Over the weekend, a bipartisan (and not just Mitt Romney) group of Senators announced a “framework” for gun control legislation. Here’s the compromise: the crowd that believes gun confiscation is physically possible, legally permissible, and effective gets federal funding for “red flag” laws, that allow law enforcement to strip dangerous people, however defined, of their weapons with minimal process. In return, the crowd that believes guns-don’t-kill-people, crazy-people-kill-people, gets “major investments to increase access to mental health and suicide prevention programs,” including telehealth and school mental health resources.

But, like most of our attempts to throw money and red tape at deep societal problems, this bill only threatens to make our nation’s problems worse.

As conservatives have rightly pointed out, no mentally stable person commits a mass shooting. So, the vast amount of mental health funding promised in the bipartisan gun package seems like a laudable goal. When Texas Governor Greg Abbott first addressed the press following the massacre in Uvalde, he frequently mentioned that mental health problems were severely hurting that part of the state and the local counties lacked sufficient resources to deal with them.

It’s true that Americans struggle with mental health issues at an alarming rate. 42% of American adults experienced an anxiety or depressive disorder in 2021. Teenagers suffer more so. From 2009 to 2021, the share of American high-school students who say they feel “persistent feelings of sadness or hopelessness” rose from 26% to 44%, making 2021 the highest level of teenage sadness ever recorded

But throwing taxpayer money at meds and couch sessions won’t solve the problem. Instead, we should be asking why, as a society, we’re so sad, anxious, and crazy. 

Family Structure

In a pre-COVID study, 90% of kids admitted to an Illinois behavioral health unit came from broken families. It’s not just the trauma of a divorce that can affect children, but other side effects—less individualized attention at home, increased risk of abuse from step-parents or domestic partners, poverty, poorer eating habits, and so on.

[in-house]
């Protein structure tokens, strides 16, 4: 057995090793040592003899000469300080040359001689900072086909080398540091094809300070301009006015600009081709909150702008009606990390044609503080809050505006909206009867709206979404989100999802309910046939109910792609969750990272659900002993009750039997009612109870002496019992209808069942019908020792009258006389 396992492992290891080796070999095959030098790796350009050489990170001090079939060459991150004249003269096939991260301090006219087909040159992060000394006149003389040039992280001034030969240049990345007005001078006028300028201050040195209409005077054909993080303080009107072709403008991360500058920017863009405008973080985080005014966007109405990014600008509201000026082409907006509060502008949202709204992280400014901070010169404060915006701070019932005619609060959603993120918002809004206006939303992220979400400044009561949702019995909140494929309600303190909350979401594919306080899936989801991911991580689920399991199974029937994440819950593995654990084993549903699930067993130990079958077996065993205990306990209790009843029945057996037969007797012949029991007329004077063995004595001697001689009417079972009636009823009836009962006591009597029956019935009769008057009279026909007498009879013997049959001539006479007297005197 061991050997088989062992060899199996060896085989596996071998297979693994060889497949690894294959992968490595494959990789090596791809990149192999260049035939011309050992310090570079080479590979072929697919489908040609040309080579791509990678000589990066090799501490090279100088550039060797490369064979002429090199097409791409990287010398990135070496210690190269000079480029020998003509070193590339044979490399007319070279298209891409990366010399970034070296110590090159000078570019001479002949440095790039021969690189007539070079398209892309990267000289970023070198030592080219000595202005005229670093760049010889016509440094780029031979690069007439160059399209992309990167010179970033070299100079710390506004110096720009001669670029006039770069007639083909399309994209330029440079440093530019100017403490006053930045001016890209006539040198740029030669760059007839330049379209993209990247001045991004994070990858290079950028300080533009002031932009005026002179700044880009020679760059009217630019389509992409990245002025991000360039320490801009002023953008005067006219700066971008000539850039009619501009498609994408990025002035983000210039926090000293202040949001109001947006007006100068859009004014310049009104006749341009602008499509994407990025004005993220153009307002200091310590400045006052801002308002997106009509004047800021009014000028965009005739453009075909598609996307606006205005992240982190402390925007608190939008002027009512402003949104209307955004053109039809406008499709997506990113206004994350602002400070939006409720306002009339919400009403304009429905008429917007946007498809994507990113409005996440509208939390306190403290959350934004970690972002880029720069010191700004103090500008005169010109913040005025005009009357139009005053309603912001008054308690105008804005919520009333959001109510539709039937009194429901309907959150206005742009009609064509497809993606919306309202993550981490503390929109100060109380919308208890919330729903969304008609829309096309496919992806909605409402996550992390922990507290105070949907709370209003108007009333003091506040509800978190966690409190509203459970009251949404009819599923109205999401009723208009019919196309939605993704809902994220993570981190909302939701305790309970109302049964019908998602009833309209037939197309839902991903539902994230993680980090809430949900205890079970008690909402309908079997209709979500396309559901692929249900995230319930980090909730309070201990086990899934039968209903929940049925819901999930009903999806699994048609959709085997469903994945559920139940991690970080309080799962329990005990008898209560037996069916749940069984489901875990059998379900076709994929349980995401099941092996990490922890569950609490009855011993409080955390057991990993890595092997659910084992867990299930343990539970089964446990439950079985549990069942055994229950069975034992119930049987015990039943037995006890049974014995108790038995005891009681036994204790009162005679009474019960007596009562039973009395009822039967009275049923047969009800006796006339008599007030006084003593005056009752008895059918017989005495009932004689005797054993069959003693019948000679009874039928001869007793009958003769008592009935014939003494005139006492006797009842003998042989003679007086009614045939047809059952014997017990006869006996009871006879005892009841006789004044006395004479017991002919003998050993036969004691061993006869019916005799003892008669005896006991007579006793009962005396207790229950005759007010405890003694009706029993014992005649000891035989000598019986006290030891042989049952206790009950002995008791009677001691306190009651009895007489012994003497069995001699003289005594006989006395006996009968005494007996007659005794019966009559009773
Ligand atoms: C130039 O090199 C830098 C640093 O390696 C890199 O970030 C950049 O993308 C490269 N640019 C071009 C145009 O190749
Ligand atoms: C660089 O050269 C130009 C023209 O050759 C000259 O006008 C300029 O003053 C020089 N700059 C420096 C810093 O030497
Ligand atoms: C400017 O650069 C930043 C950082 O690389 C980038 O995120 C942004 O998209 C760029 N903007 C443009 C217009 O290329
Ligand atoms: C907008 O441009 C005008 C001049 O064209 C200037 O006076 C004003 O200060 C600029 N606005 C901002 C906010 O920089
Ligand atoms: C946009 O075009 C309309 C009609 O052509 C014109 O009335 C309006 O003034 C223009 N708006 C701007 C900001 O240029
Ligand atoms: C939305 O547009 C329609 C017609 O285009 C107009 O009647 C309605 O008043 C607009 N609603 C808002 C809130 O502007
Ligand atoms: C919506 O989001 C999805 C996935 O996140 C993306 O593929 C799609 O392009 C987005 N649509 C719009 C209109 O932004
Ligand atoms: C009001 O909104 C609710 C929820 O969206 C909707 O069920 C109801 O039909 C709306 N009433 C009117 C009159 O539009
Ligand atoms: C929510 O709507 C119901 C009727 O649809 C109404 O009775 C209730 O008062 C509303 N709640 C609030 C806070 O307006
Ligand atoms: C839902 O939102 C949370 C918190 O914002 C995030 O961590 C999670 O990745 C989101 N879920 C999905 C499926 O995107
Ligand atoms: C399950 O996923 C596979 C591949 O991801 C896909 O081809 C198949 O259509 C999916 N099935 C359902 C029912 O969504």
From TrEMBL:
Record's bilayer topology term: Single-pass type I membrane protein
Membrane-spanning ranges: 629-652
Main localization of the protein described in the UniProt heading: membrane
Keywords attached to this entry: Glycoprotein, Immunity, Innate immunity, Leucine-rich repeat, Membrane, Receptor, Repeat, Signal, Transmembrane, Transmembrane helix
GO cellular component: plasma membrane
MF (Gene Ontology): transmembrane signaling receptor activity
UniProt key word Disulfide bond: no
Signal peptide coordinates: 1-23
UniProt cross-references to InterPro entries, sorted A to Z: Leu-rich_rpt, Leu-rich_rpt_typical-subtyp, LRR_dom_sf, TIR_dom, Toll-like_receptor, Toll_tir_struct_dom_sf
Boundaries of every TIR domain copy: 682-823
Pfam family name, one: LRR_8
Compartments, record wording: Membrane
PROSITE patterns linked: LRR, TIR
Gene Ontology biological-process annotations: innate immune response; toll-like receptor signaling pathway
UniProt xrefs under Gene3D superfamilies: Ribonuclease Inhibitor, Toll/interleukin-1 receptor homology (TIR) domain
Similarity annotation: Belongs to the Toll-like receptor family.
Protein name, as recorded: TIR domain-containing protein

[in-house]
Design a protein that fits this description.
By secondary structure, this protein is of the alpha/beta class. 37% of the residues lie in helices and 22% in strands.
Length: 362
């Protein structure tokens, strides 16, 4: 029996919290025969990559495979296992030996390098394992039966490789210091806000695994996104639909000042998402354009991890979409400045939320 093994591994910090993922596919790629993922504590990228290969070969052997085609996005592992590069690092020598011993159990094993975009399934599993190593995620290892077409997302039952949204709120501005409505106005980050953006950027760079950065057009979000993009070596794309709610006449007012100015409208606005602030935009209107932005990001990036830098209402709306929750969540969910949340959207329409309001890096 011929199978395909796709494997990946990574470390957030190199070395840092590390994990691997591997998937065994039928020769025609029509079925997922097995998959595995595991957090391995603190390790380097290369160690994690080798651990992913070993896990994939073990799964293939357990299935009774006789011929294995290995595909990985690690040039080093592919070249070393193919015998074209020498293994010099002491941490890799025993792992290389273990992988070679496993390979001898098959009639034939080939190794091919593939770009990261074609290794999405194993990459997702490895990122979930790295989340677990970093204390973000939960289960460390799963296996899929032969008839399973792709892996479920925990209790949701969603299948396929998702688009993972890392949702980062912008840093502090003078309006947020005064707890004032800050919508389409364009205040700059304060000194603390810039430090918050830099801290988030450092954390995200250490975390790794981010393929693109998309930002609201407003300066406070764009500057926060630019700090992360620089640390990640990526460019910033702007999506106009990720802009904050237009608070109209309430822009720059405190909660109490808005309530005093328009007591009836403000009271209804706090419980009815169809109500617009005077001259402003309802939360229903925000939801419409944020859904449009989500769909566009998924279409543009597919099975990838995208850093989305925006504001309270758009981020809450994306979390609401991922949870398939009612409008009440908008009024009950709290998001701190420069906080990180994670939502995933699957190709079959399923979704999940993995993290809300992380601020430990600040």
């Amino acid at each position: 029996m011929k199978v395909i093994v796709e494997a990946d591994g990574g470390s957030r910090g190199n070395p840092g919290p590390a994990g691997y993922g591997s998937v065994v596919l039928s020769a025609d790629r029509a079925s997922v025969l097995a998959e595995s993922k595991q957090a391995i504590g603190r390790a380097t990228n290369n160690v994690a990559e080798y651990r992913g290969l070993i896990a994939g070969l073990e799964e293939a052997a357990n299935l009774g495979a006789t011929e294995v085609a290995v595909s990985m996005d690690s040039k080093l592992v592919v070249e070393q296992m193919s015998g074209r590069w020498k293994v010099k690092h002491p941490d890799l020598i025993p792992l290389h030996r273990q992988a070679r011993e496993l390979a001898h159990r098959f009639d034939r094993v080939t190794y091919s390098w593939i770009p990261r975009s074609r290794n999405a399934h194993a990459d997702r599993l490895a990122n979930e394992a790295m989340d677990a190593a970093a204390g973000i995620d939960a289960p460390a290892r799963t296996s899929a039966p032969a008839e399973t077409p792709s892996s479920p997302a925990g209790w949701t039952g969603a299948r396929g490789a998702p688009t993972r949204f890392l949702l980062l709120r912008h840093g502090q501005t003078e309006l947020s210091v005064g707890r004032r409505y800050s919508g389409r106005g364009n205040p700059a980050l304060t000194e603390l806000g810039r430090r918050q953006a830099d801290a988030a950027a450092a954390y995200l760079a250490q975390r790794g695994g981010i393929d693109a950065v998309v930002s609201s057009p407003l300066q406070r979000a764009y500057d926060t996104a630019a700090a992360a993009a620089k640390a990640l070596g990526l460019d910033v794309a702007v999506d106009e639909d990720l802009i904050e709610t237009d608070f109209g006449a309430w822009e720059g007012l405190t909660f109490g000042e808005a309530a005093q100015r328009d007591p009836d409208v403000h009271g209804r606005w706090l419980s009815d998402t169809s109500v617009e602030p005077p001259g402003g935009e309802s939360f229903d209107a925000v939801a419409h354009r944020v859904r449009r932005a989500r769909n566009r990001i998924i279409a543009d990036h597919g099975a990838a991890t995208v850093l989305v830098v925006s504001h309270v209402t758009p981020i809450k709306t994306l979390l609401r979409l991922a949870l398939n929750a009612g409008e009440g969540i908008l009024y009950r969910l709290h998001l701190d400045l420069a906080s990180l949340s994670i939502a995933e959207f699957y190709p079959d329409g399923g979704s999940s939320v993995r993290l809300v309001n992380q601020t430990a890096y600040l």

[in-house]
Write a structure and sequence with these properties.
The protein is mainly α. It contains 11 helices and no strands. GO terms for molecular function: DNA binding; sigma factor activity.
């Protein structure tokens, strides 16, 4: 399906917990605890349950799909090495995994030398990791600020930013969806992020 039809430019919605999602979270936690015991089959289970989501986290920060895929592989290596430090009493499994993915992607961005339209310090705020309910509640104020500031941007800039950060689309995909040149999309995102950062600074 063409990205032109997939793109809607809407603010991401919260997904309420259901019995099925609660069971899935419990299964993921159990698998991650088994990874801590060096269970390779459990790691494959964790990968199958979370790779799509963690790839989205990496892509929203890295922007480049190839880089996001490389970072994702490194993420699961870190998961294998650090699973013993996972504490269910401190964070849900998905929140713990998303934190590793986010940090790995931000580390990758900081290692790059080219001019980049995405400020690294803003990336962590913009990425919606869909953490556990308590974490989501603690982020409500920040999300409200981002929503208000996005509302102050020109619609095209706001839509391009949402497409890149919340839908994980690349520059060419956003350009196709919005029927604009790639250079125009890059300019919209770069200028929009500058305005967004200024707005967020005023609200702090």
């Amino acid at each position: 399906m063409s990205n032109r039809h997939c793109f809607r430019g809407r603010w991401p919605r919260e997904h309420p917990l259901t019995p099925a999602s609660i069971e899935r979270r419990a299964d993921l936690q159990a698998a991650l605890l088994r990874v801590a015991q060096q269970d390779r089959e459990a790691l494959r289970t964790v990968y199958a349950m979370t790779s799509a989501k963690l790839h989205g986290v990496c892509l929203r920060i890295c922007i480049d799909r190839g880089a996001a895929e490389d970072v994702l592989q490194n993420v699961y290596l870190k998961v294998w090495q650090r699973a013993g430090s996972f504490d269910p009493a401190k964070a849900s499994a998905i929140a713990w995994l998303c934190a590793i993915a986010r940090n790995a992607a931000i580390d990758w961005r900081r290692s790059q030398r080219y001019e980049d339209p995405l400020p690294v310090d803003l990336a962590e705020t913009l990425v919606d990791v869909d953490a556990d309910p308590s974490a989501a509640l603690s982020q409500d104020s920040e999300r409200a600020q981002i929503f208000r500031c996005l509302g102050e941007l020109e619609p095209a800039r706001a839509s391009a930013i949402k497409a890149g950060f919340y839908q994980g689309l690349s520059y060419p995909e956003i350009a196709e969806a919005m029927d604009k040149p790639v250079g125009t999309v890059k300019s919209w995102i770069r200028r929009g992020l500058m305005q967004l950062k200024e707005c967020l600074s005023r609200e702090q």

And yet we continue to undervalue the two-parent home. In 1960, only 9% of children were raised without their father, but today it’s 25%

Policies pushed by politicians on the Left continue to exacerbate the crisis of the broken family. For example, the Build Back Better bill carries a plethora of marriage penalties, such as daycare subsidies, incentivizing divorce or lack of marriage in the first place. These backward incentives will worsen what we’re already seeing: 40% of American children are today born outside of wedlock (up from 4% for white and 26% for black children in 1965).


Loneliness fuels depression and other mental health issues. For generations, Americans had someone to turn to. Someone who loved us, who also experienced hardship, and who judged, but forgave. God. Through God we also gained a community—members of our church who shared our values and helped us solve problems.

Sure enough, research suggests that religiosity reduces suicide rates, alcoholism, and drug use. Multiple studies have demonstrated that being religious serves as a buffer against depression, and can even change our brain to better regulate emotional responses. 

But, as a nation, our belief that God exists is on the decline. And for the first time, less than half of American households are members of a church. 

The mainstream media disparages Christianity as an untrustworthy Donald Trump movement. It’s been decades in the making: Happy Holidays has long replaced Merry Christmas lest religion creep its way into an innocuous sentence. We’ve moved mountains to de-religion our society, and now Americans don’t have God to turn to.

This is Purposeful

Depression is not caused by a lack of counseling, or funding for it. More people are actually getting treatment now than ever before. Nor does mental health funding seem to actually reduce mental health episodes: the map of state spending on mental health and the map of states that still experience mental health issues could not be less aligned. We need to focus on something different, if we care about solving our nation’s mental health crisis.

On a deeper level, we haven’t reached this mental health crisis by accident. The Left has worn down our social fabric, leaving us less reliant on our families, churches, and communities, and more reliant on the federal government. That toxic recipe keeps the Left in power, but devastates those now reliant on a vast bureaucracy never meant to serve as their mother, father, friend, or God.

Any serious attempt to solve the mental health crisis must start with the acknowledgment that government cannot play these roles, only our parents, spouses, and our God can play them. Because the bipartisan gun bill is an expensive way to increase reliance on the federal government, it serves only to make our mental health problems worse.